GG: Yes. Recently my older daughter spent her first night out, a slumber party. And I thought I was going to get a phone call in the middle of the night -- "Come get me. I miss you, Mommy. I want to be home with you." -- but ... nothing. I was proud, but I felt like, uh oh, she doesn't need me.

AG: Independence means you're doing your job as a parent.

GG: Yeah, I know. Still, I think letting go is the hardest thing we need to learn.

AG: What is your mother like? She worked as a high school physical education teacher when you were growing up.

GG: My mom is amazing. She taught me how to swim when I was 4. Because of her, I was so active my entire life. There was no TV time. There was, "take the ball and go outside and play with the neighbors." She always instructed us to be physical, and I think that's why I am still so connected to my body and expressing myself through it.

AG: Having that feeling of dominion over your body is just so important for women.

GG: It's amazing. It's profound.

AG: Is your older daughter athletic, too?

GG: She is much girlier than I've ever been. She loves make-up more than I do now. But on the other hand, she is really active. She likes to run super fast. She sees me train all the time, and she'll show me how she does her pullups, stuff like that. She can be very tomboyish.

AG: What sports did you play as a kid?

GG: I did dance my entire life. I played tennis, was on the basketball team, the volleyball team.-

AG: Are you still competitive?

GG: Yes, very. Are you?

AG: Disgustingly so. If I'm playing a game, any type of game, I want to win the game.

GG: Of course! Otherwise, why bother, right? [laughs] I'm the same.

AG: Are you hard on yourself? Do you suffer from perfectionism?

GG: Yes. It comes in handy when I work because I want to be as prepared as possible.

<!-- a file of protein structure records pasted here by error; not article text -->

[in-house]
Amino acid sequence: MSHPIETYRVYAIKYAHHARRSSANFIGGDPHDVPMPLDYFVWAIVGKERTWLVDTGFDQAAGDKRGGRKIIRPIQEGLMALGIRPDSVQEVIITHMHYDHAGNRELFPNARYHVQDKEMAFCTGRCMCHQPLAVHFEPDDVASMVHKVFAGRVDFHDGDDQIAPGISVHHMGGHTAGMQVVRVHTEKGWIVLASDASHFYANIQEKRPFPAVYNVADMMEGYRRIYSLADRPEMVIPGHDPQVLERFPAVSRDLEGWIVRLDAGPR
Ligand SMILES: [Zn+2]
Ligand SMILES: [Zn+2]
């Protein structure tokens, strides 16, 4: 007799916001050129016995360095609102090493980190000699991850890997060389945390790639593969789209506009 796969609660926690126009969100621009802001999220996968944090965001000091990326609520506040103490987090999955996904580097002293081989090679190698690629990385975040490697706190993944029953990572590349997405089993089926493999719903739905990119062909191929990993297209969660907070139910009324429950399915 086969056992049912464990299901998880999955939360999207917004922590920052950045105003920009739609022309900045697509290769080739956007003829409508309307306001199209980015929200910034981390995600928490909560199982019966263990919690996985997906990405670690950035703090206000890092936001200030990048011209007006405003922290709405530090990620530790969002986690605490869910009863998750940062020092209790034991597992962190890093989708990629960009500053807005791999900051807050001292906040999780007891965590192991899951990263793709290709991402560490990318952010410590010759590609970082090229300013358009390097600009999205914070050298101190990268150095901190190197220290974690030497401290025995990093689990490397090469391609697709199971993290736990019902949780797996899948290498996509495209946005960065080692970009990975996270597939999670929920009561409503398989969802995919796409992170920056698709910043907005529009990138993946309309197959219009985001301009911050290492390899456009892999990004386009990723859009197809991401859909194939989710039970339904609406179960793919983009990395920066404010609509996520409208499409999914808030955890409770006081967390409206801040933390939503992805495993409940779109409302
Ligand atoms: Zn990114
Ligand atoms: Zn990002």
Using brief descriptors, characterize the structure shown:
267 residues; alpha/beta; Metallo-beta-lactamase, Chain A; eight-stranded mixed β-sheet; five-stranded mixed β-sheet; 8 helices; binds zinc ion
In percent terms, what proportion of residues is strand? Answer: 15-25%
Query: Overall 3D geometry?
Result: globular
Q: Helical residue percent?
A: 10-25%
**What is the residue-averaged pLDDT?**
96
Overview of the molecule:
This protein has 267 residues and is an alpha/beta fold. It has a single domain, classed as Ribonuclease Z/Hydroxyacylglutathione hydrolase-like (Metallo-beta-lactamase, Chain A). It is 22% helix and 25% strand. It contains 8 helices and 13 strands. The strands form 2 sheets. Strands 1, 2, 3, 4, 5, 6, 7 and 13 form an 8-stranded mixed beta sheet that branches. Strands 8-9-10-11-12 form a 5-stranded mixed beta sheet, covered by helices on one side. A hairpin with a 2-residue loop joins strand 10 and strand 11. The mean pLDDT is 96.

AG: It can also be crazy-making. How do you let off steam?

GG: I love the ocean, I go as often as I can. I paddle board. My name Gal means "wave." It's probably in my DNA to enjoy the water.

AG: Do you swim in L.A.?

GG: Yes, but it's so cold. I want the [water] to be like a bath.

AG: I hear that. No one wants to wear a wetsuit. What's worse than a wetsuit?

GG: Taking off a wetsuit.

AG: [laughs] Ew. It is horrible.

GG: Hooooorrible. [laughs] Besides swimming for fun, I'm very social. I love to cook, to host. I enjoy talking and eating and wine. Simple stuff.

AG: In the film, Wonder Woman has to figure out who she is in a new world. At what age did you figure out who you were?

GG: I think it's a constant figuring out, no? I think that we're all evolving all the time.

AG: What do you most want your daughters to learn from you?

GG: How to love themselves. How about you?

AG: I want them to feel valid as they are. I don't want them to adjust the way they look or speak or think because of what they imagine someone else wants.

GG: To not always try to get validation from others. I'm with you. When I was 5, my parents had a party, and they invited all the guests on the roof deck. They put me to bed, but I heard the people celebrating, so I snuck up there and I took a hose and started to spray everyone with water so they would notice me. [laughs] As a kid, I was very much into the attention.

AG: And now?

GG: Now, I actually prefer not to have it. I enjoy peace and quiet.

AG: Good luck with that after June 2.